5. joe,

    “Am I supposed to cross my forehead when someone says, “the media is leftist,” or genuflect?”

    you can be ‘happy’ that an overwhelming majority of the MSM shares your agenda/opinions/outlook or whatever. Or you can wonder (like Alterman) ‘what media bias’, or you can act like M.Moore and claim that media is rightwing. or you can simply keep quiet.

    when 90% of these ‘journalists’ vote for one party and their personal preferences keep showing up in their news coverage, I wonder what it takes for people like you to pretend otherwise. you can argue they are doing so for a good reason (world peace, the children, environment, etc.) but don’t claim there is no bias.

  6. With reference to the Berger issue, Josh Marshall at points out that there is some question as to whether the allegations involve original documents (suggesting [A] that Berger was trying to purge the historical record), or copies (suggesting either [B] that Berger was trying to abscond with classified material, or [C] that Berger was sloppy in handling classified material).

    It strikes me as unlikely that Berger would think that he could even attempt [A]. It appears that Berger has admitted to [C].

  7. Just for a little perspective, pretend it was Jesse Walker who stole something from the National Archives and then lost it on his messy desk.

    The media coverage wouldn’t be extensive but he would be in frigging jail awaiting trial.

  8. Alkali,

    I buy the sloppiness argument. I mean at work, I?m always getting the U.S. Reporter down my underpants. I can?t help it ? it just slips in there sometimes. Why just last week, 32 Moore?s Federal Practice fell into my thong as I changed after a workout at the firm gym.

    Of course the problem for Berger is that his lawyer admitted that Berger’s walking off with the Docs, at least some of them, was “knowing.” That’s a legal term of art for “he meant to do it.” They were in his socks, underpants, under his shirt, and in his jacket pockets, as well as in his folio.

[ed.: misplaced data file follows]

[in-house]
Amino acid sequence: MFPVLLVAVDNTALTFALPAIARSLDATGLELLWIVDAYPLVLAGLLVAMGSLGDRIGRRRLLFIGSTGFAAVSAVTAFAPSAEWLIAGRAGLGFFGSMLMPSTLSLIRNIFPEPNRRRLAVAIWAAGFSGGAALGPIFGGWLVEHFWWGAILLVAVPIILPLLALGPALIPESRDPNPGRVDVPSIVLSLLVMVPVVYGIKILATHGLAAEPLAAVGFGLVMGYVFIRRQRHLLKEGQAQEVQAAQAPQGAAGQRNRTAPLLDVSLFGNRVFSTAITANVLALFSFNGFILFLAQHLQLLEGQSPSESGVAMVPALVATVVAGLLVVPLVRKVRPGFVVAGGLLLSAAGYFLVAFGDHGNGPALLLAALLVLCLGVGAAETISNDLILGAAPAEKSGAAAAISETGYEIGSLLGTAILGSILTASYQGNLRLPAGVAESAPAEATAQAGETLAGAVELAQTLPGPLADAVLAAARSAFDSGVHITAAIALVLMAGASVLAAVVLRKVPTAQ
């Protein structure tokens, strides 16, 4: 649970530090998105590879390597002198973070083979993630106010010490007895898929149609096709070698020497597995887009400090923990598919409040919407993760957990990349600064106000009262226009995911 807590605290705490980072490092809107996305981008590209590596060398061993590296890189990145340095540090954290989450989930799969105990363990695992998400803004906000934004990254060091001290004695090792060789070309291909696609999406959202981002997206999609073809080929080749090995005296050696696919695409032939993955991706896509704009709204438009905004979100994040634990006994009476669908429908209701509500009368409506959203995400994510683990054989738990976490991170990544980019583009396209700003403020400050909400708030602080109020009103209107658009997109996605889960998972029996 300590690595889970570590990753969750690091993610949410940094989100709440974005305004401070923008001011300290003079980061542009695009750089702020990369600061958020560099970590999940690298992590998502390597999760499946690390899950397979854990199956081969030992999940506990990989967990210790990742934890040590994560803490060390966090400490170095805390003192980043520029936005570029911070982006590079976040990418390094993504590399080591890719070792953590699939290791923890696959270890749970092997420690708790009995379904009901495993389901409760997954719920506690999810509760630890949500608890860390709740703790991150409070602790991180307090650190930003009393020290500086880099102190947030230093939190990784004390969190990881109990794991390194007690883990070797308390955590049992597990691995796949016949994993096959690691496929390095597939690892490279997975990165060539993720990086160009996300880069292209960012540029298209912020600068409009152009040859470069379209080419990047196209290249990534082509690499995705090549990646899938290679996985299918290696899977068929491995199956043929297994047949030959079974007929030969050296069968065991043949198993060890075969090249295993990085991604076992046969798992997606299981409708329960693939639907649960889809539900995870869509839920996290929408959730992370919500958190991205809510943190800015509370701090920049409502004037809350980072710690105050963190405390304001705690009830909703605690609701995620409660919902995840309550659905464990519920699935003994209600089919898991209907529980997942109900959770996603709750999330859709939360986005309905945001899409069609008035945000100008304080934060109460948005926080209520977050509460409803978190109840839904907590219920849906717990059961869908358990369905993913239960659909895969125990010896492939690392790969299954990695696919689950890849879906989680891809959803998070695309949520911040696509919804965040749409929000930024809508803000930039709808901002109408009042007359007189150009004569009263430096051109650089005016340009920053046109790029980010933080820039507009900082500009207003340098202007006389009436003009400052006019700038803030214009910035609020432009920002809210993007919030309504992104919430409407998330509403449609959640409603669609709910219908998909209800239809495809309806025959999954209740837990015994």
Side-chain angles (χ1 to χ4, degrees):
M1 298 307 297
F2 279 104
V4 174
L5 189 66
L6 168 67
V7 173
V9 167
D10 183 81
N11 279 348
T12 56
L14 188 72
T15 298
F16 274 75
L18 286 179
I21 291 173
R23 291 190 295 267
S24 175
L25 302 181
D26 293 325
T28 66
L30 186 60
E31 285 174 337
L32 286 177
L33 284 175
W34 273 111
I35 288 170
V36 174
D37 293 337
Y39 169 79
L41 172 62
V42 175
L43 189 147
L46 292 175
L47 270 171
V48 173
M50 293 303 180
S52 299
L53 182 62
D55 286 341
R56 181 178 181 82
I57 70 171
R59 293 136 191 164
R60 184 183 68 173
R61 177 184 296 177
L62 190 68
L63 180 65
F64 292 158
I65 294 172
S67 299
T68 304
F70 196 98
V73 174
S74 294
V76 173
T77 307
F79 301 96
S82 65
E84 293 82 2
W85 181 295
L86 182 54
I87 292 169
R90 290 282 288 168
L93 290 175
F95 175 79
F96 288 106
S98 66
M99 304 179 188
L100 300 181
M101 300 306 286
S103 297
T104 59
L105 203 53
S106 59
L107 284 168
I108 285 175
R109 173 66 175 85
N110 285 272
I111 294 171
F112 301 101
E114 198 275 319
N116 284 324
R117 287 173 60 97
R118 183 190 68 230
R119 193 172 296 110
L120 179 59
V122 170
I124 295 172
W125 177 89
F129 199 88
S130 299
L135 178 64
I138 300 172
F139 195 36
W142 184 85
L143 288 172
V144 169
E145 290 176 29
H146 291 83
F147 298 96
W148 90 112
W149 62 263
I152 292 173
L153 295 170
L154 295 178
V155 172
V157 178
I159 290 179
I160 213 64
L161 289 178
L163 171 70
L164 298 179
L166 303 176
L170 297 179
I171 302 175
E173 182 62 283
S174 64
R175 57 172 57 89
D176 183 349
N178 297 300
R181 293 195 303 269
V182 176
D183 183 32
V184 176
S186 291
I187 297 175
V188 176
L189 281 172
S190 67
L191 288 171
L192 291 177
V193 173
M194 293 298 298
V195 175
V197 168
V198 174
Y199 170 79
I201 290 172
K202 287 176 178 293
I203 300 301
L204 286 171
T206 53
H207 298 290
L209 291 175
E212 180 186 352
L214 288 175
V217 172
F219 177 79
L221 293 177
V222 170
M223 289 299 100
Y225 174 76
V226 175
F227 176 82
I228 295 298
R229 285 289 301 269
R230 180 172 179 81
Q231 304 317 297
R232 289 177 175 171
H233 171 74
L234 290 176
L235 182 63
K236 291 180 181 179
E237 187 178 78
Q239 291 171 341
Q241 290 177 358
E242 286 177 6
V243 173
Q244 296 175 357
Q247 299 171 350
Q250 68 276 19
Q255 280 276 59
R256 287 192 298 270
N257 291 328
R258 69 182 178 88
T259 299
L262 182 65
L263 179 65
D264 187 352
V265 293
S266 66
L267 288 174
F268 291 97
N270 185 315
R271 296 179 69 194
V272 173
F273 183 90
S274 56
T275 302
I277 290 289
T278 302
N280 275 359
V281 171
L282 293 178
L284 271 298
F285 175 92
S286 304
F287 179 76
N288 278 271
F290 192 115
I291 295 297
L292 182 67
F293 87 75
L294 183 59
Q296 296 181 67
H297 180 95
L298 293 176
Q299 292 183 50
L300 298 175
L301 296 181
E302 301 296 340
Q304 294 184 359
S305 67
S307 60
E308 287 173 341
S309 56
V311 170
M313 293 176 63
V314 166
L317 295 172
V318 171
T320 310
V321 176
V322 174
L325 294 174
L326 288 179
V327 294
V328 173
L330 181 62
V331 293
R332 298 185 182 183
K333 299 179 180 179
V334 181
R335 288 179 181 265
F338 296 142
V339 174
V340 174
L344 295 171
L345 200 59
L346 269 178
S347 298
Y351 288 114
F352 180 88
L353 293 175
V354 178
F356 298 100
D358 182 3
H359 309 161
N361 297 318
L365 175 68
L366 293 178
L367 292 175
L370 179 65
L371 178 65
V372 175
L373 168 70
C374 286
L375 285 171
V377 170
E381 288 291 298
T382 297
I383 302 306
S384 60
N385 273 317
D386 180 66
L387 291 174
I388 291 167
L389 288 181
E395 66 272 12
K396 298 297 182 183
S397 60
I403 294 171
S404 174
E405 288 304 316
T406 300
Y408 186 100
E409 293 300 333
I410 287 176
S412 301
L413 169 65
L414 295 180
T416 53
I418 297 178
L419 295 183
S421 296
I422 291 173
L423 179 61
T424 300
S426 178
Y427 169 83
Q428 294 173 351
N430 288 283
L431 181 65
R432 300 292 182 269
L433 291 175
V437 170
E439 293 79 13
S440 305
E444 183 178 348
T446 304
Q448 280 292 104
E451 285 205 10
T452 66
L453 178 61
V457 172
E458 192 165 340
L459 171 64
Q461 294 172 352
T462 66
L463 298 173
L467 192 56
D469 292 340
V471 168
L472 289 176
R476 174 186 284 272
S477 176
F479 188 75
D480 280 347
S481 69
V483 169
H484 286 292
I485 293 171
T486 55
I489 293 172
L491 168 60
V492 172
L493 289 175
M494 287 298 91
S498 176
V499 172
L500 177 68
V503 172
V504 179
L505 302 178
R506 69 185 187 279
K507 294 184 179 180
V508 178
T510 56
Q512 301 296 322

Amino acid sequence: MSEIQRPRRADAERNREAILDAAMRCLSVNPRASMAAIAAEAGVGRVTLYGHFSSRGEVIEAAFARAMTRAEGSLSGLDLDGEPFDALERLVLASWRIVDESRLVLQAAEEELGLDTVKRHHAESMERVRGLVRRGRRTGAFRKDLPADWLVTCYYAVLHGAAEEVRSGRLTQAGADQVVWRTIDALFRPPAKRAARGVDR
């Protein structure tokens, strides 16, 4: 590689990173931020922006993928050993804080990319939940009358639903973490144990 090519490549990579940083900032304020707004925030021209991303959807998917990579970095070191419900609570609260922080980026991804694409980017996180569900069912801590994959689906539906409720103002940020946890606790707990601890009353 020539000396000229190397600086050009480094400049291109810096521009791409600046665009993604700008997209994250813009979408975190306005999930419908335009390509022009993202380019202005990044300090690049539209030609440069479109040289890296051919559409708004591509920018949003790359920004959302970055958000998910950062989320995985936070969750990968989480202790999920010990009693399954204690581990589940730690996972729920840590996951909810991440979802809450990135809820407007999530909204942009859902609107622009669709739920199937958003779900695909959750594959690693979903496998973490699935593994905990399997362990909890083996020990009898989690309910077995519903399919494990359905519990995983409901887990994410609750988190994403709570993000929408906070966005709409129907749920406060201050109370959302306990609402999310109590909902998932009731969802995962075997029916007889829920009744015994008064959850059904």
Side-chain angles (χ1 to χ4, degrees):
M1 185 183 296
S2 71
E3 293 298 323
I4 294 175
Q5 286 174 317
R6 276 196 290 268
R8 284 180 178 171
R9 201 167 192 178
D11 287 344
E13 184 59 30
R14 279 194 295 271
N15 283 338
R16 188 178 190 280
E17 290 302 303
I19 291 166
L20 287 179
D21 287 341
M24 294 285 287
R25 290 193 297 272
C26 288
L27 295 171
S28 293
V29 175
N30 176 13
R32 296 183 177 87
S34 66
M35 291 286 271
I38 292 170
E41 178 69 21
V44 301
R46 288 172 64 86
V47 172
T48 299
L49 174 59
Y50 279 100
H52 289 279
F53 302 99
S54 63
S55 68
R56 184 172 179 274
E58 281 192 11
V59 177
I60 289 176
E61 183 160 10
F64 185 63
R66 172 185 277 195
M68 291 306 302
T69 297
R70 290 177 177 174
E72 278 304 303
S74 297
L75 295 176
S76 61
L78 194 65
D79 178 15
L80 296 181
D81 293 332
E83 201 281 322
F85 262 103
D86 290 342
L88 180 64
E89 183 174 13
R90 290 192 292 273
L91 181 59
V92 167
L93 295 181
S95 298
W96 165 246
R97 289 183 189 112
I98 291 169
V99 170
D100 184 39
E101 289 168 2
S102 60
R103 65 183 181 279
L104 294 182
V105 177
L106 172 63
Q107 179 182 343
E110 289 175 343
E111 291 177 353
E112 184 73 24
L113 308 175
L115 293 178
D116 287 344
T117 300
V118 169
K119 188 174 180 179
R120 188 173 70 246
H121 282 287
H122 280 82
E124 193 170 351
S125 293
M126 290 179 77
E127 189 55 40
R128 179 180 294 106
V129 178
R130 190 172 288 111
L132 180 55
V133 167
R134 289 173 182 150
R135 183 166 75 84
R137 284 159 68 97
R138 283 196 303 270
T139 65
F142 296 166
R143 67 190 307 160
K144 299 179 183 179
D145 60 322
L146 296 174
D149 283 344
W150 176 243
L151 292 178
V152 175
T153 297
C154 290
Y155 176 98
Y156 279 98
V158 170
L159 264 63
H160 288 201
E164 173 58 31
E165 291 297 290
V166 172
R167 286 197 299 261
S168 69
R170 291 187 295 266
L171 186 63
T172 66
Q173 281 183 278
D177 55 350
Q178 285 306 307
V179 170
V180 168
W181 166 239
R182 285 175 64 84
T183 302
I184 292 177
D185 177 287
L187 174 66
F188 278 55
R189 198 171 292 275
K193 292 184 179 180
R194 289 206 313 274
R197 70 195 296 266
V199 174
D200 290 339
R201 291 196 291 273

Somehow, I don’t think that this is a clever Rove=ian plot to keep Shrubya from getting indicted. It appears to be an actual factual national security crime on Mr. Berger’s part.

  9. Recently a study was done where sources were tallied in various news stories (not opinion pieces) and compared to the sources used in the speaches given by various politicians. The result was that news outlets tend to use sources used by left wing politicians. The most balanced news outlets according to this study were Drudge and Fox.

  10. Stephen Fetchet:

    You big liar. There is no volume 32 of Moore’s.

    In seriousness, two things:

    (1) It’s not clear to me (from John Solomon’s AP article, which is the one I read) that there were documents (or copies of documents) in Berger’s clothing as opposed to handwritten notes (such as on Post-Its). When I empty my pockets at night, there are frequently a bunch of crumpled register receipts and other things. Under these circumstances, putting a used Post-It with notes on it in your pocket may still be illegal — I assume you can’t use a security clearance to go to the National Archives, copy a classified document’s content onto a gum wrapper and take it out of the building — but it’s surely different in some respects than having a briefing memo stuffed down your tighty-whities.

    (2) If you are referring to Solomon’s article, you will see that the word “knowingly” is not in quotes, so that may just be Solomon’s take. Clearly, if Berger did put a crumpled Post-It in his pocket, he did so “knowingly” within one meaning of that word (i.e., it wasn’t an accident; he didn’t throw it in the wastebasket and miss). Under federal law, however, there are two standards for actual intent: one along the lines of “not by accident,” and another which is more like “I did it even though I knew it was against the law.” (To be convicted of tax evasion and most environmental crimes, the government generally has to show the latter kind of intent — just showing that someone screwed up their taxes isn’t enough.) I don’t happen to know what the standard is for mishandling classified documents, but if it is the latter, then Berger could credibly say, “I forgot to follow the special rule about notes when working with classified documents.”